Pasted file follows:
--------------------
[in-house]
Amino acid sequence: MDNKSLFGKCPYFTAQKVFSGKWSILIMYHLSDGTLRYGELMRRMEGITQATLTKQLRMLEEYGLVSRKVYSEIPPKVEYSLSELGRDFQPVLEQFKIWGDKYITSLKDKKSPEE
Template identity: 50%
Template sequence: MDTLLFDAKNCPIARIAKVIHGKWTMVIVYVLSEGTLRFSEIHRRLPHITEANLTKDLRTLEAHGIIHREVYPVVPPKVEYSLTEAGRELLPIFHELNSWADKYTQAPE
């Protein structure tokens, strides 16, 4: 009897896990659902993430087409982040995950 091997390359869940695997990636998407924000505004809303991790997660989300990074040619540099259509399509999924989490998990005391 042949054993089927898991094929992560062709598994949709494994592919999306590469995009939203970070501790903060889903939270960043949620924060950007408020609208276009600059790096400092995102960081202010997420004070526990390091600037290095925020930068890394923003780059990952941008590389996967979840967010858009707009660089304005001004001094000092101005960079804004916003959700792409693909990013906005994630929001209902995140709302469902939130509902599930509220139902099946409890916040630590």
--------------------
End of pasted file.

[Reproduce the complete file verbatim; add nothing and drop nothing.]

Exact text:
[in-house]
Amino acid sequence: MDNKSLFGKCPYFTAQKVFSGKWSILIMYHLSDGTLRYGELMRRMEGITQATLTKQLRMLEEYGLVSRKVYSEIPPKVEYSLSELGRDFQPVLEQFKIWGDKYITSLKDKKSPEE
Template identity: 50%
Template sequence: MDTLLFDAKNCPIARIAKVIHGKWTMVIVYVLSEGTLRFSEIHRRLPHITEANLTKDLRTLEAHGIIHREVYPVVPPKVEYSLTEAGRELLPIFHELNSWADKYTQAPE
């Protein structure tokens, strides 16, 4: 009897896990659902993430087409982040995950 091997390359869940695997990636998407924000505004809303991790997660989300990074040619540099259509399509999924989490998990005391 042949054993089927898991094929992560062709598994949709494994592919999306590469995009939203970070501790903060889903939270960043949620924060950007408020609208276009600059790096400092995102960081202010997420004070526990390091600037290095925020930068890394923003780059990952941008590389996967979840967010858009707009660089304005001004001094000092101005960079804004916003959700792409693909990013906005994630929001209902995140709302469902939130509902599930509220139902099946409890916040630590």